She was an intern at WTOK-TV in Meridian and a research intern in the Ronald E. McNair Post-Baccalaureate Summer Research Program. She is former president of the University of Mississippi Association of Black Journalists.

Previously, Brown was honored for her work by the Radio-Television Digital News Association, the Broadcast Education Association and the Editor & Publisher EPPY Awards honoring the best in digital media.

Headquartered at Arizona State University’s Walter Cronkite School of Journalism and Mass Communication, News21 was established by the Carnegie Corporation of New York and the John S. and James L. Knight Foundation to demonstrate that college journalism students can produce innovative, in-depth multimedia projects on a national scale.

Students from journalism programs across the U.S., as well as Canada and Ireland, joined Cronkite students for the 2018 investigation. They examined the major issues surrounding hate crimes in America.

The students participated in a spring semester seminar in which they conducted research, interviewed experts and began their reporting. The seminar was taught in person and via video conference by Leonard Downie Jr., former executive editor of The Washington Post and Cronkite’s Weil Family Professor of Journalism, and News21 Executive Editor Jacquee Petchel, a Pulitzer Prize-winning journalist and former senior editor for investigations and enterprise at the Houston Chronicle.

“We chose hate crimes and hate incidents as this year’s timely News21 topic because of the apparent increase throughout the country of such acts – from bullying and vandalism to assaults and murders – involving racial, religious, nationality, gender and sexual orientation bias,” Downie said in a news release.

Following the seminar, students moved into paid summer fellowships, during which they worked out of a newsroom at the Cronkite School in Phoenix and traveled across the country to report and produce their stories.

“We will be able to do what many newsrooms cannot, which is to deploy dozens of student journalists to investigate the culture of hate and related acts of violence in every state in the nation,” Petchel said in a news release. “Not only do recent attacks on people of different races and religions call for it, it is the right thing to do in the name of public service journalism.”

Over the past eight years, Carnegie-Knight News21 projects have included investigations into voting rights, post-9/11 veterans, marijuana laws and guns in America, among other topics.

UM Students Host Live Production at BEA Festival of Media Arts in Las Vegas

Posted on: April 29th, 2019 by ldrucker

UM School of Journalism and New Media students in a special topics class recently traveled to Las Vegas to host a live production during the Broadcast Education Association (BEA) Festival of Media Arts award show. Professors Iveta Imre, Mike Fagans and Ji Hoon Heo led the group of students.

The BEA Festival of Media Arts is an international exhibition of award-winning works chosen through these various competition categories: news, sports, documentary, and scriptwriting.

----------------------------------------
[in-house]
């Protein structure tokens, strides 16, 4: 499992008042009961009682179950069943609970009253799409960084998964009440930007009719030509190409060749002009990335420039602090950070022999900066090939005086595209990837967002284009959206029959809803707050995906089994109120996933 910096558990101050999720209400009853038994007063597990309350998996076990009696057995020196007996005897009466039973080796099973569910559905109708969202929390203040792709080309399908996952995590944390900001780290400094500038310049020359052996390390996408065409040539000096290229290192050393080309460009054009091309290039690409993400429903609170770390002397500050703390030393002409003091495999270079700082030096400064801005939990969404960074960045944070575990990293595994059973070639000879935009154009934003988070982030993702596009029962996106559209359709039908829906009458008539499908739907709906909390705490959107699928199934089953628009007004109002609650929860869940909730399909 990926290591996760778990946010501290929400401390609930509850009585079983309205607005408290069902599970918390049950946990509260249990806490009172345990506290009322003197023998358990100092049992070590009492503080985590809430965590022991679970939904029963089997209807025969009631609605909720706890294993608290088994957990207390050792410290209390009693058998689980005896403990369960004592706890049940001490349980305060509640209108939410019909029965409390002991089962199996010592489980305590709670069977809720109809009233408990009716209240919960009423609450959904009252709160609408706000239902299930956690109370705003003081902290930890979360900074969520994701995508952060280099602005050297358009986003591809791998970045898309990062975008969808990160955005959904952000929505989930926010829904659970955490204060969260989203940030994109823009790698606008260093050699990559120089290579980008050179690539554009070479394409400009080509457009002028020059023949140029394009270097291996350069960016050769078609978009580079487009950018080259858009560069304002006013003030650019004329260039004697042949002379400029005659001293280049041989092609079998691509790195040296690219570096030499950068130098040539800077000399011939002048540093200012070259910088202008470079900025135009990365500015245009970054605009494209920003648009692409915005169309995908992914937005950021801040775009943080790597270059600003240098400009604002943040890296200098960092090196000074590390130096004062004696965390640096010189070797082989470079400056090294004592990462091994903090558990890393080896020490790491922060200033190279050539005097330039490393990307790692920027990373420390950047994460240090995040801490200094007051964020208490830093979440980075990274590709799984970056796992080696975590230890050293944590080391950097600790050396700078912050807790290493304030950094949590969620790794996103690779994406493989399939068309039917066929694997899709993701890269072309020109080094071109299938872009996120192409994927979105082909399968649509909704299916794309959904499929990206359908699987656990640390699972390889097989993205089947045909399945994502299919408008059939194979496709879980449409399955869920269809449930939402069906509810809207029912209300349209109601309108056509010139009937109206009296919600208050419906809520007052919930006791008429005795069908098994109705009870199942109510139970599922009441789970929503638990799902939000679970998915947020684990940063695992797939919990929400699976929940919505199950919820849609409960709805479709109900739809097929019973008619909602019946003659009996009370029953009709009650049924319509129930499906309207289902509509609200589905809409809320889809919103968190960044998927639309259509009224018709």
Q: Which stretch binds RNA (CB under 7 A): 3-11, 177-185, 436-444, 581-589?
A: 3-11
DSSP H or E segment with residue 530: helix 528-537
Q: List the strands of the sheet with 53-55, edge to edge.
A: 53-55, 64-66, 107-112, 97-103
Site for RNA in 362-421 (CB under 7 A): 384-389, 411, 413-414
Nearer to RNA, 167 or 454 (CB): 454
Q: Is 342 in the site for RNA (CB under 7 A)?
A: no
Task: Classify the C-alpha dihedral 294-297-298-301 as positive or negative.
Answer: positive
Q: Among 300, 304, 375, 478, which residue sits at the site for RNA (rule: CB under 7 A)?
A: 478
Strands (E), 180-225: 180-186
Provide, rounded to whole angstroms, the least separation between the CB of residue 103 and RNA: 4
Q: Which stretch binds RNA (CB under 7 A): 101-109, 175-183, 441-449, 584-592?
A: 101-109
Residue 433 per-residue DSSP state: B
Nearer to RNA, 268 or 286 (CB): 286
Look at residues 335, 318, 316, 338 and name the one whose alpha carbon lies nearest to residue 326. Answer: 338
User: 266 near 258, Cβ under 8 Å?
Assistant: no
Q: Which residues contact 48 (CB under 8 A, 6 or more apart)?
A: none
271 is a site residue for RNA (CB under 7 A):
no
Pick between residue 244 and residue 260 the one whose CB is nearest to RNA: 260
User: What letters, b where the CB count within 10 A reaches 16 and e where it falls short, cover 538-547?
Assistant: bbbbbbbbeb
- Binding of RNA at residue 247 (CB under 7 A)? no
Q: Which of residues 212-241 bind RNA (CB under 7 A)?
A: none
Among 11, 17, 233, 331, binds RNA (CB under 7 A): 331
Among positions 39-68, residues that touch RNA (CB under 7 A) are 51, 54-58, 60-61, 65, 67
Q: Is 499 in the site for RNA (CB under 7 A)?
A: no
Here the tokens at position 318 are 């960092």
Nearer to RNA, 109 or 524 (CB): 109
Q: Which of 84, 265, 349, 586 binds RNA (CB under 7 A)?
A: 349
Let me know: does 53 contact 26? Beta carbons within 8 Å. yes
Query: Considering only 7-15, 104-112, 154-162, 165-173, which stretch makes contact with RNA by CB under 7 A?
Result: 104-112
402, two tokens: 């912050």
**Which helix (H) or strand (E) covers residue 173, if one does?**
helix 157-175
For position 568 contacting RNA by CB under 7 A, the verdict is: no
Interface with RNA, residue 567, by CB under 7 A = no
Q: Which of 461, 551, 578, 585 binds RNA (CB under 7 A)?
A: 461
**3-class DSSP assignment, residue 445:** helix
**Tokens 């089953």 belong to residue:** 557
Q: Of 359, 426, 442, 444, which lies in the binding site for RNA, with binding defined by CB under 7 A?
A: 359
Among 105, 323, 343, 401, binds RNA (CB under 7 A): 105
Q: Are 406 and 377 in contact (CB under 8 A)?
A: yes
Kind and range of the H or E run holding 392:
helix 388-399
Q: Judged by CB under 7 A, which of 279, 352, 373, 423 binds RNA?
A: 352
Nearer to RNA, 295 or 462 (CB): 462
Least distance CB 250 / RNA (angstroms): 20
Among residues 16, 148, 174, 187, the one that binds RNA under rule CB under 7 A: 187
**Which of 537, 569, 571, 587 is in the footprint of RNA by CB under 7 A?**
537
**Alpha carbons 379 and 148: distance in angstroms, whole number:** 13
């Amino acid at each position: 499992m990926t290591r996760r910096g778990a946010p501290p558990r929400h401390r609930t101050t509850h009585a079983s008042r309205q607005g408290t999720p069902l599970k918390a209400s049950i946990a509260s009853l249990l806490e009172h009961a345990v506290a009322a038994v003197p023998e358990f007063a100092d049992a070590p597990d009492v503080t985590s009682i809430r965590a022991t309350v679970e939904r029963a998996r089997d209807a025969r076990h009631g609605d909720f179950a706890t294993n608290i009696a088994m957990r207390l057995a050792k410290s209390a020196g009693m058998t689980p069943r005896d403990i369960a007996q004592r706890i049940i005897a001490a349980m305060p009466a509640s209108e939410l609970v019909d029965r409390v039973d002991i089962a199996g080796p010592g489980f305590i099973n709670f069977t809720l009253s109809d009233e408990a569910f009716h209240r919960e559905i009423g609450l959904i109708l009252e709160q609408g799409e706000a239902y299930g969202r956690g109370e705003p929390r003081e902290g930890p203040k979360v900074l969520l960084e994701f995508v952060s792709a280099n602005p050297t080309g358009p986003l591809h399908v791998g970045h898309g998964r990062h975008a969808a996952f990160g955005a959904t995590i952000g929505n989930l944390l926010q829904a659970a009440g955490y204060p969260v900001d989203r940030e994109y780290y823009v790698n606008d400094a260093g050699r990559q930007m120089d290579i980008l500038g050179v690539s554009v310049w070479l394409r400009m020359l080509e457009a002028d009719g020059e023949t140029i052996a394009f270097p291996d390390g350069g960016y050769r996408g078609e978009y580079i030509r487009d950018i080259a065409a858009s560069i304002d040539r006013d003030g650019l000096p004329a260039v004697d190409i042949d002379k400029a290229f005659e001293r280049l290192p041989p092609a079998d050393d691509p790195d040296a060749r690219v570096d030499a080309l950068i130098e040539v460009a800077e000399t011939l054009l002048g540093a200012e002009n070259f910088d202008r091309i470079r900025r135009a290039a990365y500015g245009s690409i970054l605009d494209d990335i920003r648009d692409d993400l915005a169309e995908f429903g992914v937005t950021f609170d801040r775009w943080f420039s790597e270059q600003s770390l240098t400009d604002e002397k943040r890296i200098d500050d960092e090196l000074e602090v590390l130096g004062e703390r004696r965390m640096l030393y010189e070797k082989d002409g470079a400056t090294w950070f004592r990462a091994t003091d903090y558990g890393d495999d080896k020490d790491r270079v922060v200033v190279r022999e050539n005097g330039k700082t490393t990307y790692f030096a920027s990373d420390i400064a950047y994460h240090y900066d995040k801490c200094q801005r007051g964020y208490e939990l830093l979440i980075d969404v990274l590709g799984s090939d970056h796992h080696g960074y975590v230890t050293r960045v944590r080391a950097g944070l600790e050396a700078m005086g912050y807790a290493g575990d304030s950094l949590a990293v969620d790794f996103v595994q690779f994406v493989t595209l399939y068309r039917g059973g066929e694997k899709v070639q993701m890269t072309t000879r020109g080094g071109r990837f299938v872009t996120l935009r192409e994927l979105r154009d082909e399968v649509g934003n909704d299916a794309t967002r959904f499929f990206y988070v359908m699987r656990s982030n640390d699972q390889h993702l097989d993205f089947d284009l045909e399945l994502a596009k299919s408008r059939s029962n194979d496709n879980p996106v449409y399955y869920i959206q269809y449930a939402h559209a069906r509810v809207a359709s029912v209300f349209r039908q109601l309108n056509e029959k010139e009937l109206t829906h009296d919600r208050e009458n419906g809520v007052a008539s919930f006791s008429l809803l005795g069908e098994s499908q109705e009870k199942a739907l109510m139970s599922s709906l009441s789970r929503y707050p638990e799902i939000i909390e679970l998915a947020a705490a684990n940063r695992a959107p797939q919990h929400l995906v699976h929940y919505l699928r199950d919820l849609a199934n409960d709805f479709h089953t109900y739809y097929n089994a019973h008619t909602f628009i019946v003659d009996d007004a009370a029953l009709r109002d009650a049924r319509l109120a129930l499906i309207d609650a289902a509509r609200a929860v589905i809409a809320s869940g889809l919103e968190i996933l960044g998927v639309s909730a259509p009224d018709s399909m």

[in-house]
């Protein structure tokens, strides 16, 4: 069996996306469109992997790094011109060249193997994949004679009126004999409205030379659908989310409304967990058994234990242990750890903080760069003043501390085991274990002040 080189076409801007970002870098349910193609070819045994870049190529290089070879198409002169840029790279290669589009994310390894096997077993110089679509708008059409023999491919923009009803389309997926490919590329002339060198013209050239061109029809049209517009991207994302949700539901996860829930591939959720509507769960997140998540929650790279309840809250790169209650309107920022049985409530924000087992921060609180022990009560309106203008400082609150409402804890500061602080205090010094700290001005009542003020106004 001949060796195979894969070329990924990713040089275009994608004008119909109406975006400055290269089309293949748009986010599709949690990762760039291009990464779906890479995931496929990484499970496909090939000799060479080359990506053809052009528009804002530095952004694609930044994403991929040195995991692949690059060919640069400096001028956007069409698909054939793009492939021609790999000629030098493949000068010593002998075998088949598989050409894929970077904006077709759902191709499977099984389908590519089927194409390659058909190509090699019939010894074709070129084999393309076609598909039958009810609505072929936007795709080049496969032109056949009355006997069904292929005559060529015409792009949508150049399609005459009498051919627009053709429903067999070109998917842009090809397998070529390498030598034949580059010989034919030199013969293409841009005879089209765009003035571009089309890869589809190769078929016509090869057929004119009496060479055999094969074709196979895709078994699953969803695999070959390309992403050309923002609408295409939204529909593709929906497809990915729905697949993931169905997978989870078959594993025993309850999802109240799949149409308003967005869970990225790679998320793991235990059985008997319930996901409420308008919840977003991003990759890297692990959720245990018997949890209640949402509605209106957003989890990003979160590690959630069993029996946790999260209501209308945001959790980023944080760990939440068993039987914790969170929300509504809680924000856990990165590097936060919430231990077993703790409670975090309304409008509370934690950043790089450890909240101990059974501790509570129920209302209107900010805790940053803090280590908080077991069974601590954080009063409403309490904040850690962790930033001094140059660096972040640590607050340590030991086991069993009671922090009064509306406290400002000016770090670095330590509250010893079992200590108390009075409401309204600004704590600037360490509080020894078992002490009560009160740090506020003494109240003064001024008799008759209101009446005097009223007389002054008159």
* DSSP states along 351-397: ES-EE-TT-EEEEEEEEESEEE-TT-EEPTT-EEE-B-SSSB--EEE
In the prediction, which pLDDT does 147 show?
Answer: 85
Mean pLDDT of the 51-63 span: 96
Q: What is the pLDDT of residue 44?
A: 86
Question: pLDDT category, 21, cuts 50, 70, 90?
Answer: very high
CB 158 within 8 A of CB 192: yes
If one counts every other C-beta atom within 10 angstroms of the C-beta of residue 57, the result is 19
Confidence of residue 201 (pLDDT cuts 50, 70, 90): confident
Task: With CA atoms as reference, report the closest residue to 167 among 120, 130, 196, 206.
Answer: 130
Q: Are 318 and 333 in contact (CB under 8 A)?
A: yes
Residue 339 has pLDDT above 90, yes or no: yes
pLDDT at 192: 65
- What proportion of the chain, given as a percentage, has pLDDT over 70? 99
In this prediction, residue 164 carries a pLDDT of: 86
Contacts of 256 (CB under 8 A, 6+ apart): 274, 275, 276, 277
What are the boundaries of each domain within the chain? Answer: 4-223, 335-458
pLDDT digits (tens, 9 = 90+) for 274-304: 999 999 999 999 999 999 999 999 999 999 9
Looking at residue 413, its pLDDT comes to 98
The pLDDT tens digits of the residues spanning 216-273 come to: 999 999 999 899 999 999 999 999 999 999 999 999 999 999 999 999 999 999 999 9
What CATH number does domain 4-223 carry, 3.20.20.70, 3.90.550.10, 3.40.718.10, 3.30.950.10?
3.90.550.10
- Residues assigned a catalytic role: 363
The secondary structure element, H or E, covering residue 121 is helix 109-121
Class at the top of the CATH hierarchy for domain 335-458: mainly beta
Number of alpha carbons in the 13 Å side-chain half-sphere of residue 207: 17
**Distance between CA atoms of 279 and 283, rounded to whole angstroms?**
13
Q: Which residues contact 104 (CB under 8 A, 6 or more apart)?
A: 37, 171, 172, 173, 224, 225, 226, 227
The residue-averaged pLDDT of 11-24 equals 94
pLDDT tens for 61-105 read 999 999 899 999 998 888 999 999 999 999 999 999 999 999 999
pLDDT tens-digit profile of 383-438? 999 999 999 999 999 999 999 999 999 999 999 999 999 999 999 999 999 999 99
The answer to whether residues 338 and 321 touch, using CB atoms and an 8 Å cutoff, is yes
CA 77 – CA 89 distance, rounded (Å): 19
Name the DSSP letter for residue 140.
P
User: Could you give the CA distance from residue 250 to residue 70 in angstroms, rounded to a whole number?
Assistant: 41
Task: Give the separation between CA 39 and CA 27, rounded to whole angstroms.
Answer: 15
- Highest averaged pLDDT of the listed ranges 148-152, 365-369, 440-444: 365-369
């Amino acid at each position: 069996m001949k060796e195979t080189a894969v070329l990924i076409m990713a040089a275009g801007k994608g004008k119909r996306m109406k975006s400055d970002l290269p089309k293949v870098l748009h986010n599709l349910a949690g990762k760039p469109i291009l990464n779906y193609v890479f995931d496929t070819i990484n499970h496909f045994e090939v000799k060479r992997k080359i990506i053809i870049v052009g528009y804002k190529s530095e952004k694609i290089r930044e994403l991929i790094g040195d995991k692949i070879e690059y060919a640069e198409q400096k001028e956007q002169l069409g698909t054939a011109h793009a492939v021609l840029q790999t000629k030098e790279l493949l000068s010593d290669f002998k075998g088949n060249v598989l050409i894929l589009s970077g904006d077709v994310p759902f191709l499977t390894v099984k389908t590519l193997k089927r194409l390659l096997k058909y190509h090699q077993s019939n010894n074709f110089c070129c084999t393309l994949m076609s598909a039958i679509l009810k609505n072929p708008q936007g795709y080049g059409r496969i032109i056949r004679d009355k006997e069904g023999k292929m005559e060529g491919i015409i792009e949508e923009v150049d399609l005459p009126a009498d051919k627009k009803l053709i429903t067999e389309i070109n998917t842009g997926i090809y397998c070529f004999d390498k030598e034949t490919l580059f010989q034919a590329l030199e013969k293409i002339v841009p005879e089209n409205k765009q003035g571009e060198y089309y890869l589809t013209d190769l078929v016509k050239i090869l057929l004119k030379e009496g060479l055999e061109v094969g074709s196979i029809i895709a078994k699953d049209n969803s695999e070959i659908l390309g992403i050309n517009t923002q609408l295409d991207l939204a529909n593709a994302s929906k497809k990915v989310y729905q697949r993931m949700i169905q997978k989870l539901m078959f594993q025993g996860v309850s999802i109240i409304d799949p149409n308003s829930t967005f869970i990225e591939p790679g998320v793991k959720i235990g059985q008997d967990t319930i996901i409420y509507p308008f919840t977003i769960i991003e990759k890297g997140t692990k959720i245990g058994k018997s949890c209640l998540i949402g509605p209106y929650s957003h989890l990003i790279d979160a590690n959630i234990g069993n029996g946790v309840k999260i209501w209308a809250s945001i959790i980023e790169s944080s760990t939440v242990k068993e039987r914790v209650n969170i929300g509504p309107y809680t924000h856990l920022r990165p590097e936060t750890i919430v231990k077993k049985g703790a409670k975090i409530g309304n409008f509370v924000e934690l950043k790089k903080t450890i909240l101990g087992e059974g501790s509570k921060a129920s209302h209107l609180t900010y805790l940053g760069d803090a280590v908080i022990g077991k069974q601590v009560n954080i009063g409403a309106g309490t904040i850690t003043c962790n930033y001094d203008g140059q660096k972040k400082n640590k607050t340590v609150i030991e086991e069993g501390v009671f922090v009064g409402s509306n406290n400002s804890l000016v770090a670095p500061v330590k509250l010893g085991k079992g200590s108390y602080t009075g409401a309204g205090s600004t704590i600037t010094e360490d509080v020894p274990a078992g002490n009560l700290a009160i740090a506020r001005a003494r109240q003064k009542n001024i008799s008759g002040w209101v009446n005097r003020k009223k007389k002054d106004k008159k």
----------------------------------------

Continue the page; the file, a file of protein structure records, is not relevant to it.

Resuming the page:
This year, the BEA Festival competition for faculty and students awarded 295 entries from more than 300 participating schools and had over 1,500 annual entries from around the world, according to their website.

The UM students in the class were each tasked with different responsibilities ranging from creating video features to on-screen graphics.

Sophomore Brian Barisa said his experience at the festival is something you just can’t get inside a classroom.

“At the BEA festival, I got more real-world experience,” Barisa said. “I got to learn what it’s like to work in these other roles of production outside of just NewsWatch and basic classwork.”

Festival Creative Director and UM Assistant Professor Iveta Imre has been attending the conference since 2005 and was officially tasked with hosting this year’s event.

“I think the biggest thing for the students was to get a different experience from everything else that they’ve been doing in the broadcast program,” Imre said. “They got to experience what it’s like to have a real live production in front of an audience, and you don’t really get a chance to do that often.”

Imre said her favorite part of the show was watching student features along with the crowd and hearing their reactions.

“We got some laughs and cries,” she said. “It was just so rewarding to see all these months of hard work come together to make this show a success.”

Irme will remain creative director for the next two years, she said, and UM students will continue to host the BEA festival during that time.

Aside from hosting the BEA award show, students who traveled to Las Vegas also got the opportunity to attend the National Association of Broadcasters (NAB) Conference.

The NAB Conference is an annual trade show that highlights and showcases various new media, entertainment, and technology.

“My favorite part about the trip would be the NAB show,” Barisa said. “I am a pretty big tech guy, so it was a lot of fun to go check out new gear and equipment that is now available in the industry.”

This story was written for HottyToddy.com by By Alec Kyzer-Andre. For more information about our program, email jour-imc@olemiss.edu.